Circulation, 2011; 123 (7) doi:10.1161/CIRCULATIONAHA.110.948570
Affiliation: Erasmus Medical Center, Rotterdam, Netherlands
Sample size: 540
Abstract: BACKGROUND: C-reactive protein (CRP) is a heritable marker of chronic inflammation that is strongly associated with cardiovascular disease. We sought to identify genetic variants that are associated with CRP levels.
METHODS AND RESULTS: We performed a genome-wide association analysis of CRP in 66 185 participants from 15 population-based studies. We sought replication for the genome-wide significant and suggestive loci in a replication panel comprising 16 540 individuals from 10 independent studies. We found 18 genome-wide significant loci, and we provided evidence of replication for 8 of them. Our results confirm 7 previously known loci and introduce 11 novel loci that are implicated in pathways related to the metabolic syndrome (APOC1, HNF1A, LEPR, GCKR, HNF4A, and PTPN2) or the immune system (CRP, IL6R, NLRP3, IL1F10, and IRF1) or that reside in regions previously not known to play a role in chronic inflammation (PPP1R3B, SALL1, PABPC4, ASCL1, RORA, and BCL7B). We found a significant interaction of body mass index with LEPR (P<2.9×10(-6)). A weighted genetic risk score that was developed to summarize the effect of risk alleles was strongly associated with CRP levels and explained ≈5% of the trait variance; however, there was no evidence for these genetic variants explaining the association of CRP with coronary heart disease.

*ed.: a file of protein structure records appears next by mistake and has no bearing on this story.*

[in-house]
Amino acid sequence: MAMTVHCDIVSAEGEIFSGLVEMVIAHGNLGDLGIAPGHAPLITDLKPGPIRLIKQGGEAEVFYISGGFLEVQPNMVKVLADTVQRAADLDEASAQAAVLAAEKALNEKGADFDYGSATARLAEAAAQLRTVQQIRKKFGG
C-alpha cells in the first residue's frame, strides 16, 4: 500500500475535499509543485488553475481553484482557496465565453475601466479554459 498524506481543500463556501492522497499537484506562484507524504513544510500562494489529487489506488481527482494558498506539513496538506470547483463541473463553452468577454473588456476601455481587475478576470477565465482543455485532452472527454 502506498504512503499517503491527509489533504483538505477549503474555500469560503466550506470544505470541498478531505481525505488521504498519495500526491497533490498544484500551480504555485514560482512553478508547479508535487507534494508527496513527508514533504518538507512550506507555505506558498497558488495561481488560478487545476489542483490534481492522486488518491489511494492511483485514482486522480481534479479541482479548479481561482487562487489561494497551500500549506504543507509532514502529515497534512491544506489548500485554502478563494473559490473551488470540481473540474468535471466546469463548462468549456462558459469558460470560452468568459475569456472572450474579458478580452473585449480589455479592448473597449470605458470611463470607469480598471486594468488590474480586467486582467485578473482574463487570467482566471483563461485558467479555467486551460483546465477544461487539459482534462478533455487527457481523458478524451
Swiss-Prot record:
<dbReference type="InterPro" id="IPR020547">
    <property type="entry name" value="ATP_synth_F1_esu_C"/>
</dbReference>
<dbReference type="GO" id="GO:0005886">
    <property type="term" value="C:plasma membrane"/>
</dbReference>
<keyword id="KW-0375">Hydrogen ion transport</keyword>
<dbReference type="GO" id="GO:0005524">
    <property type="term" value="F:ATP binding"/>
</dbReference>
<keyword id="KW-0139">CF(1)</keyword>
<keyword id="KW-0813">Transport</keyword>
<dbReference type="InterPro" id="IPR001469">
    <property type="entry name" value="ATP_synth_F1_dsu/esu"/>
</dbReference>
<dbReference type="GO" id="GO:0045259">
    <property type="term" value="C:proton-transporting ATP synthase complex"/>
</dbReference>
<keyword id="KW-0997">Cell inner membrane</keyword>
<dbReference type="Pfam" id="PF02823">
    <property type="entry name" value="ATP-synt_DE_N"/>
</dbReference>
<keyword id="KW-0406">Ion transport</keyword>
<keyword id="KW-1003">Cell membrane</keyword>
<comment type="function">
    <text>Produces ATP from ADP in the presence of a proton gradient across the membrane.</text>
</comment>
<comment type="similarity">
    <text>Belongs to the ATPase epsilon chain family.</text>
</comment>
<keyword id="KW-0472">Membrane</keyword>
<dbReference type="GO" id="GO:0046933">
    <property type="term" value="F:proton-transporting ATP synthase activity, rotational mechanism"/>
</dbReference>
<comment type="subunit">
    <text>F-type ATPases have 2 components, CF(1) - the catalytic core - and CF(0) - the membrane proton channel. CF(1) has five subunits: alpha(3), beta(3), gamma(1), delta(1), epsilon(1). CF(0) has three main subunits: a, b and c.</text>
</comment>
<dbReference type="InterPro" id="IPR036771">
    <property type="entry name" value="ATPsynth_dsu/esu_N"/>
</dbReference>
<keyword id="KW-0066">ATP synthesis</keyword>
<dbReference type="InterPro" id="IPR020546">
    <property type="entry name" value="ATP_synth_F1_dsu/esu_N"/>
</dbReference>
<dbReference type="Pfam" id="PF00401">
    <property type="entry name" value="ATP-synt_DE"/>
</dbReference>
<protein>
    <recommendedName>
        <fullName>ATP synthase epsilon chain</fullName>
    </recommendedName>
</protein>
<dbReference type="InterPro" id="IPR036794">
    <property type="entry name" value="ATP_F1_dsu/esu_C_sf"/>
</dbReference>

CONCLUSIONS: We identified 18 loci that were associated with CRP levels. Our study highlights immune response and metabolic regulatory pathways involved in the regulation of chronic inflammation.
The top research papers for the subject are placed on the map. Studies form clusters based on semantic relation.
Size of the point represents relevance of the paper.
You can pan and zoom the graph using mouse and mouse wheel.
Right click on the paper to:
Left click on keyword to add it to search.
Sign up to create your own map!
Working in Life Sciences?
Understand your Field of Research.
The first truly systematic Review of scientific literature and global Trends in Science.